• ¼-½ cup of mashed/pureed fruit
  • ¼-½ cup of protein or one scrambled egg
  • 2-4 oz of breast milk or formula
  • ¼-½ cup of mashed/pureed vegetables
  • 2-4 oz of breast milk or formula
  • ¼-½ cup of protein
  • ¼-½ cup of yellow or orange vegetables, such as cooked carrots
  • 2-4 oz of breast milk or formula
  • Soft crackers
  • ¼-½ cup of protein, such as cottage cheese or yogurt
  • ¼-½ cup of protein, such as very small pieces of ground meat
  • ¼-½ cup of mashed green veggies
  • ¼-½ cup of grains, such as pasta, rice, or infant cereal
  • ¼-½ cup of mashed/pureed fruit
  • 2-4 oz of breast milk or formula
  • 2-5 oz of breast milk or formula
10 month old sample sleep schedule

Many parents wonder how much sleep their 10-month-old baby needs in a day. At this age, babies need 12-16 hours of sleep daily. That’s typically split between two to three daily naps and a stretch of nine to 12 hours of sleep at night. Each nap will last anywhere between 30 minutes to two hours, depending on your baby’s habits.3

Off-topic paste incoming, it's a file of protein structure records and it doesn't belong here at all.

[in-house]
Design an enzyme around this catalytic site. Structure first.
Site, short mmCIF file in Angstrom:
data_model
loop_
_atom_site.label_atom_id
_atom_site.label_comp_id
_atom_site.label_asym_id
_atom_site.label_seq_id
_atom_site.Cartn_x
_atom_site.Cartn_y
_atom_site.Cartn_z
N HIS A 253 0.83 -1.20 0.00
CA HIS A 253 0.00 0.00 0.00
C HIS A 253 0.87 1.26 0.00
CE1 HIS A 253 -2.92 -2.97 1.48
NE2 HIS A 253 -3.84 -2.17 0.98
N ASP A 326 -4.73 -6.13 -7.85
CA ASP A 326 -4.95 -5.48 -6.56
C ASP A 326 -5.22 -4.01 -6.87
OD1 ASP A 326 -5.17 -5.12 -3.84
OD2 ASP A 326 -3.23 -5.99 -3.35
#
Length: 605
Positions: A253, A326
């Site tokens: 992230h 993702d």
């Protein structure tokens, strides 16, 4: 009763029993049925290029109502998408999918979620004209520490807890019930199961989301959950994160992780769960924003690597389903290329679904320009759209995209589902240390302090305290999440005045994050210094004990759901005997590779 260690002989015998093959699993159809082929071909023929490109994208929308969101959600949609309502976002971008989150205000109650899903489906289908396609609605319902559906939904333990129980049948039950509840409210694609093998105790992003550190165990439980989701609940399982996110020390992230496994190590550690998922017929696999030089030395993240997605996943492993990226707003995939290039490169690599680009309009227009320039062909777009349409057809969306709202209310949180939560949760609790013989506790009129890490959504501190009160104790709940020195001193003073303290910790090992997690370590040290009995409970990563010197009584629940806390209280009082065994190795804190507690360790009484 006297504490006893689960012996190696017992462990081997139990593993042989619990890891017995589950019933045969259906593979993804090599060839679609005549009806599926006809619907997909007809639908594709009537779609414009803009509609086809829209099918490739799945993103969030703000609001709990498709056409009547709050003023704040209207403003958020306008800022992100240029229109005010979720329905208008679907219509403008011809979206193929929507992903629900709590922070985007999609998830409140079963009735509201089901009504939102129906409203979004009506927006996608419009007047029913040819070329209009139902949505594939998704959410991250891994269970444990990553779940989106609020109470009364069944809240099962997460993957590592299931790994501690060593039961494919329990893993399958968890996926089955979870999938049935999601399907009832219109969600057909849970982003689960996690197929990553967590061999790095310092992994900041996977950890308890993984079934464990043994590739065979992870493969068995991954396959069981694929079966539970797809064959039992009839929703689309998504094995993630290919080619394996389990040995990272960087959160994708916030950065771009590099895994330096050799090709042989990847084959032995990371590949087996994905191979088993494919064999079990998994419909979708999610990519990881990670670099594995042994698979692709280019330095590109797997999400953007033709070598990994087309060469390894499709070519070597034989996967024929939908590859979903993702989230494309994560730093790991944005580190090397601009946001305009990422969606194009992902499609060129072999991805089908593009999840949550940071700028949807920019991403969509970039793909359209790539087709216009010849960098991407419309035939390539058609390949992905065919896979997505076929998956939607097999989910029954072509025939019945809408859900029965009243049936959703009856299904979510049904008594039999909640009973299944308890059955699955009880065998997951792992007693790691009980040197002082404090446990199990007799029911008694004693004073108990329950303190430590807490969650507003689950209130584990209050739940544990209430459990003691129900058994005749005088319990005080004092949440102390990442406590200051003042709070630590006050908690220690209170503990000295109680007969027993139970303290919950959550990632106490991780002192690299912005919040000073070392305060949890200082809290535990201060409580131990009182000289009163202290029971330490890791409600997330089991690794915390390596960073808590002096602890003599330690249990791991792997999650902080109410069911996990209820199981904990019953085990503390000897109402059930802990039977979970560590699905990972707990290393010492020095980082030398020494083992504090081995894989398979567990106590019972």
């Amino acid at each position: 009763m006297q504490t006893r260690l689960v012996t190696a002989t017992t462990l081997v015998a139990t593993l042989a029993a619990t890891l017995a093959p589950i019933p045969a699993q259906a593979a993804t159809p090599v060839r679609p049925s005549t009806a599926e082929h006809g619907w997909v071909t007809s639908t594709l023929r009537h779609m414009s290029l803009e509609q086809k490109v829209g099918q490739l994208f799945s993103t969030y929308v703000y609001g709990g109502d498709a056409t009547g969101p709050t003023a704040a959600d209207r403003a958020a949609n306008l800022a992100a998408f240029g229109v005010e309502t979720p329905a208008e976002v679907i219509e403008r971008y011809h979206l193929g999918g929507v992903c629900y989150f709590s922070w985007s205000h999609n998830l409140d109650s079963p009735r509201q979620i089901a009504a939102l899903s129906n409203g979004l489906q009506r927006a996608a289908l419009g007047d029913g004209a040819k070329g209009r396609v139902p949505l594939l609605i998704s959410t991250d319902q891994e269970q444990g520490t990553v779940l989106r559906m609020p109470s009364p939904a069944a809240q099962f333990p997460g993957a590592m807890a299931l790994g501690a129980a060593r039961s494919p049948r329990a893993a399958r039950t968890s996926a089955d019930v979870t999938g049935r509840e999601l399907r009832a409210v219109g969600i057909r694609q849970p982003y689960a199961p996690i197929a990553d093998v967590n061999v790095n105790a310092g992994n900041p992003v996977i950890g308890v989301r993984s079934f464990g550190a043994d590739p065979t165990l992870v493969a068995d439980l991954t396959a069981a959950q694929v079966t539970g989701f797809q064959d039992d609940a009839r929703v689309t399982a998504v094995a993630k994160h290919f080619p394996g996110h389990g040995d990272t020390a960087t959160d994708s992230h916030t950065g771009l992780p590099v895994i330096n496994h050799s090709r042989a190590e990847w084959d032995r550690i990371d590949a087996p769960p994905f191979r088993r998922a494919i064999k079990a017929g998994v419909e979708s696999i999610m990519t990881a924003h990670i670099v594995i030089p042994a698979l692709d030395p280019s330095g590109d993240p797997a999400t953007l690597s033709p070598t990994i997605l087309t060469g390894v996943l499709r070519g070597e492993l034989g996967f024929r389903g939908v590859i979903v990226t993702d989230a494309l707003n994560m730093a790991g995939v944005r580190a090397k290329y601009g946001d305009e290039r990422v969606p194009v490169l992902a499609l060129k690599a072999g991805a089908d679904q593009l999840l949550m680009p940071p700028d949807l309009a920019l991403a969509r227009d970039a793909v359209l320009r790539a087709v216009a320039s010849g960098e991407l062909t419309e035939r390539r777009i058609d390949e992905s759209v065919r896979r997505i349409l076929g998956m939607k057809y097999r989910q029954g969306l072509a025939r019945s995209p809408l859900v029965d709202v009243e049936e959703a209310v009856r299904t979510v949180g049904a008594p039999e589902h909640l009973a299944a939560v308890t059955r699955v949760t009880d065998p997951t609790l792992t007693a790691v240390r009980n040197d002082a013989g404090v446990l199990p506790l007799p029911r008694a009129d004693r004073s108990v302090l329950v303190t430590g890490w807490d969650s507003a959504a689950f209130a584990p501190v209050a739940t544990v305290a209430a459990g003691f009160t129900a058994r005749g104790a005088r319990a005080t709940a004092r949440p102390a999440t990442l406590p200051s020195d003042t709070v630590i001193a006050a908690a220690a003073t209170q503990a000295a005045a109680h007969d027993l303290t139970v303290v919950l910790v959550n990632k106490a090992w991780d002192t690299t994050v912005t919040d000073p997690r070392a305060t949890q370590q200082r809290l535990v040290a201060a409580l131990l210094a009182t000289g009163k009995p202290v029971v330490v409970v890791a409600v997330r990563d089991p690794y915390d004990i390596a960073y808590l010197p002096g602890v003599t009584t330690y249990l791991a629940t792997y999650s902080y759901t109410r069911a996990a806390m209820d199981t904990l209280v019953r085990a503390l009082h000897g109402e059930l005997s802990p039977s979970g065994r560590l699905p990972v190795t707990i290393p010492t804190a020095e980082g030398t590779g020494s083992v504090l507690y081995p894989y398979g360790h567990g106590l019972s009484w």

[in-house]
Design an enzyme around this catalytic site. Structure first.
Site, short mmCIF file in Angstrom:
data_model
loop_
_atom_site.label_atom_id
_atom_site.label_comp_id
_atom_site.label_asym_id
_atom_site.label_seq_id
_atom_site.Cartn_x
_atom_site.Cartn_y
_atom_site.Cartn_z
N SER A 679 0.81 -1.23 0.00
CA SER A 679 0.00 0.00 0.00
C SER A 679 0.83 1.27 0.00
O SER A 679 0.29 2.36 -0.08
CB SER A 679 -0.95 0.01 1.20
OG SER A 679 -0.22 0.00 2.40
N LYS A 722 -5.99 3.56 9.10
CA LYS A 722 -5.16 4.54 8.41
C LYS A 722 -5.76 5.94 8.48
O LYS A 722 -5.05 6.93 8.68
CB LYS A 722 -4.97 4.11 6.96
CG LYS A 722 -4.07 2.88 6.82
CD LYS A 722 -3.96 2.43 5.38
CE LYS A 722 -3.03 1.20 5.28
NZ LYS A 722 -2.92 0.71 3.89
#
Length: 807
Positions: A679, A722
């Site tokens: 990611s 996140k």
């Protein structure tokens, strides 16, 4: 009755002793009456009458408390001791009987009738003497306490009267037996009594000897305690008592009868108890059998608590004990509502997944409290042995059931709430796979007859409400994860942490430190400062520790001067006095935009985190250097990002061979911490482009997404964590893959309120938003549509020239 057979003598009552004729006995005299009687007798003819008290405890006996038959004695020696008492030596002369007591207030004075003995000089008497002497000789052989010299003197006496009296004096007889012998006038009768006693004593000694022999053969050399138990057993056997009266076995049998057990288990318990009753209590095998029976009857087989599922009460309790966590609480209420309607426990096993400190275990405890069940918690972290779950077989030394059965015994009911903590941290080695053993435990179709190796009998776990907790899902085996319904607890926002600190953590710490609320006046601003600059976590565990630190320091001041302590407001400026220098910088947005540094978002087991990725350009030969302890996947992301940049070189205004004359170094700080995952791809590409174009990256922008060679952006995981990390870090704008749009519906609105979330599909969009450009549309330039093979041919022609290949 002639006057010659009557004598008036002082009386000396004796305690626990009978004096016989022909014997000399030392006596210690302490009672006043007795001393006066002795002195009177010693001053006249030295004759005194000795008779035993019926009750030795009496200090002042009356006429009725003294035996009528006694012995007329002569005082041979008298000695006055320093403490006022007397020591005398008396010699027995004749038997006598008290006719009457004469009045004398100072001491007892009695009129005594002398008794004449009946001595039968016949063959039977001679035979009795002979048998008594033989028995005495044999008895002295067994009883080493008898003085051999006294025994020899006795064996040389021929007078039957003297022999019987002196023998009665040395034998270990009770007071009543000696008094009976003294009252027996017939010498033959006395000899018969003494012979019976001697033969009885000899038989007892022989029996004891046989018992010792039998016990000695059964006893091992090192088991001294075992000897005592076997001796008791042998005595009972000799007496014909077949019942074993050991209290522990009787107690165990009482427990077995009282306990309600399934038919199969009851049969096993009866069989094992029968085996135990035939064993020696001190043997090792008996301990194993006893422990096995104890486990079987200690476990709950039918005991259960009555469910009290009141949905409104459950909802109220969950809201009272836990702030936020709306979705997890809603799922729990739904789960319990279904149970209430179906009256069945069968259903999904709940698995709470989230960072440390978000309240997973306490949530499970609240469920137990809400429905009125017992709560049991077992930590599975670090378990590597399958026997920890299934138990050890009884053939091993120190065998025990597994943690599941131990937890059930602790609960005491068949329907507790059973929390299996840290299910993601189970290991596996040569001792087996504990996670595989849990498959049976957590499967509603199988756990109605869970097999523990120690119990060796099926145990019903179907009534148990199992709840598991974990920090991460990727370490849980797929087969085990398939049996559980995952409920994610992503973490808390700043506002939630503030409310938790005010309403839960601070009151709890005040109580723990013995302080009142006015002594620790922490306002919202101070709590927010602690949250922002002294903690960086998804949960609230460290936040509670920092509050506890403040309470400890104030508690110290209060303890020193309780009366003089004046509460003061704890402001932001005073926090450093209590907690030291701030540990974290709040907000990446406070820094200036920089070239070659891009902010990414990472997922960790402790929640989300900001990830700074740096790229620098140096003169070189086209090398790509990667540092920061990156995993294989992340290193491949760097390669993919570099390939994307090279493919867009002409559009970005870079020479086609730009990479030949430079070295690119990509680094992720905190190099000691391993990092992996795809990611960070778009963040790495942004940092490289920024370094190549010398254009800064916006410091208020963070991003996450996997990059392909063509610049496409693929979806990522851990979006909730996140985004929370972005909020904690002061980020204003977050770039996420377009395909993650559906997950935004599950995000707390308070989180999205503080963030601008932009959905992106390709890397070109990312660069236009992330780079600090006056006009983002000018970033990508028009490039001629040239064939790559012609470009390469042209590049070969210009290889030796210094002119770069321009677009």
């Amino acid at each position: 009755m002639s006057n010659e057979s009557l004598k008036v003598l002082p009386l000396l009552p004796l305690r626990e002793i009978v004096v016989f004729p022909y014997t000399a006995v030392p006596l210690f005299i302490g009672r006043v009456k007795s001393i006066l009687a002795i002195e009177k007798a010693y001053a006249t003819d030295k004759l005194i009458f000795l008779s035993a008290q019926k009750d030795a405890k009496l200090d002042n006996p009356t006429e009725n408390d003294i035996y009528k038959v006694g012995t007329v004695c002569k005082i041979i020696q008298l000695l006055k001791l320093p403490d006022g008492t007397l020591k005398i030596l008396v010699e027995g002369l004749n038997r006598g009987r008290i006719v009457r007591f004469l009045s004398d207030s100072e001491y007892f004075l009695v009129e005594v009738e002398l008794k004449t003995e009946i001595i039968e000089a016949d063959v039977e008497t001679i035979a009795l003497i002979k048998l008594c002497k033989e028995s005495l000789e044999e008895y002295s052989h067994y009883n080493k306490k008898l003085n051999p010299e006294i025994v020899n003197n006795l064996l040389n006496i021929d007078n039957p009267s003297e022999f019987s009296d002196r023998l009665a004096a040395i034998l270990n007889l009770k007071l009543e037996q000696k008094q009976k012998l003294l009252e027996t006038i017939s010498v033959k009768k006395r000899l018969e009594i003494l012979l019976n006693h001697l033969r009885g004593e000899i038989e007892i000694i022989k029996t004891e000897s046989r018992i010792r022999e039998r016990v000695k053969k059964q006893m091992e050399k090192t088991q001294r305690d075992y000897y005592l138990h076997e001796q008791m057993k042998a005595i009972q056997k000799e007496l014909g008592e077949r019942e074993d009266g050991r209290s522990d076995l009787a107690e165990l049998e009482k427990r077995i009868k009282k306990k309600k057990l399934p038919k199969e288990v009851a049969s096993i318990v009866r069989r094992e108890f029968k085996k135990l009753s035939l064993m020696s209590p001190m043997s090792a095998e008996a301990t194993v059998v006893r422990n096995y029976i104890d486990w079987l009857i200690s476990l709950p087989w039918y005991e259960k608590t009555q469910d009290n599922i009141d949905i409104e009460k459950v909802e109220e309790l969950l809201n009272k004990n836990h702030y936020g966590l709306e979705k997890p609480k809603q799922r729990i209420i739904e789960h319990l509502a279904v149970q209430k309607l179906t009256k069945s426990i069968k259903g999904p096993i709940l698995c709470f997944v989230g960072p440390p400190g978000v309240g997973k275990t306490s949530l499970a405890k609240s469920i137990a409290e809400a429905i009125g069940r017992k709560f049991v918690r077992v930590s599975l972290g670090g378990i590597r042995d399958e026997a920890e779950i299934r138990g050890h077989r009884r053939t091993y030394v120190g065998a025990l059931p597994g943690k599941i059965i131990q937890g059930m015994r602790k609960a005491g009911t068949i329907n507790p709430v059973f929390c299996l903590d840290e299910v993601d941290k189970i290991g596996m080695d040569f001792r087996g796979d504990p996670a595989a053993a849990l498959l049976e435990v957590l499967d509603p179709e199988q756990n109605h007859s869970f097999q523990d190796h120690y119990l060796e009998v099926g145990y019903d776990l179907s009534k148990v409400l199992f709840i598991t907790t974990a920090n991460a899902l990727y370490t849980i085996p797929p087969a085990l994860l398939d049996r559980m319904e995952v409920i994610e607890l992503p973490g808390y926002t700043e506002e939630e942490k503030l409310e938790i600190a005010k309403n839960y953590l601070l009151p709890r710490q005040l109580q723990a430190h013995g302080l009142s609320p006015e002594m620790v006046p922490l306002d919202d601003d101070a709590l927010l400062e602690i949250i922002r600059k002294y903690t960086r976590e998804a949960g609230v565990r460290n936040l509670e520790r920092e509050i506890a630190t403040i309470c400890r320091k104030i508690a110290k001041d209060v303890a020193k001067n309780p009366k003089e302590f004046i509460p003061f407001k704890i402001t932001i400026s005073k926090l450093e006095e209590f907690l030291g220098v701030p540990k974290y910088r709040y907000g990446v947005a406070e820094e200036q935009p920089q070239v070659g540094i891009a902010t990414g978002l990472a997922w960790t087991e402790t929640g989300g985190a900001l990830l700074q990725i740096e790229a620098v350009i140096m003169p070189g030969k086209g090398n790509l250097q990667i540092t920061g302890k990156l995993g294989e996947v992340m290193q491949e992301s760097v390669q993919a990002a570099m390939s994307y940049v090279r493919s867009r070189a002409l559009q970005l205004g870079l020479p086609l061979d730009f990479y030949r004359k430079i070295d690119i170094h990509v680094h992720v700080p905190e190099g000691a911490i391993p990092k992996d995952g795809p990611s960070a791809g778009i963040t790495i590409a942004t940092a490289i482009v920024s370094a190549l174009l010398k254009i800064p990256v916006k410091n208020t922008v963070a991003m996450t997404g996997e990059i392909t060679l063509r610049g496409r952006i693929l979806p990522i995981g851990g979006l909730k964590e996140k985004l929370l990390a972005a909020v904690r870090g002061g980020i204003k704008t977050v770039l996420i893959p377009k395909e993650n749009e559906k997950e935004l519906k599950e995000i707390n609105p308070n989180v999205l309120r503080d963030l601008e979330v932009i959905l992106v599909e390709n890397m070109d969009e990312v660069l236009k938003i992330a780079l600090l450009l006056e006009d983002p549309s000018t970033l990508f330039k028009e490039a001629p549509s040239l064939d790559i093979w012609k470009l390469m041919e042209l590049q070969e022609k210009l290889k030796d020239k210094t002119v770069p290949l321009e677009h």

At 10 months old, your little one may experience another episode of sleep regression. Sleep regression occurs when your baby has a change in their sleeping habits. They can have increased periods of fussiness during the night or trouble falling asleep. Various things can cause sleep regression, but some of the most common reasons include:4

While sleep regression is challenging for both parents and babies, the good news is that it doesn’t last long. Periods of sleep regression typically last two to six weeks, and there are ways to help your little one overcome it:4

  • Recognize their sleep cues and put them to bed at the first sign of tiredness, such as a yawn or rubbing their eyes, to help prevent them from getting overtired.
  • Keep a consistent bedtime routine and time for sleep.
  • Make sure they’re getting their daily naps.
  • Give them extra attention during the day and at bedtime if they’re experiencing separation anxiety.
  • It’s okay to allow them to fuss for a few minutes in the middle of the night before soothing them (if that feels right for your family).
  • Some parents limit cuddling, rocking, and nighttime feeding since these activities can encourage frequent awakening.
10 month old sample daily schedule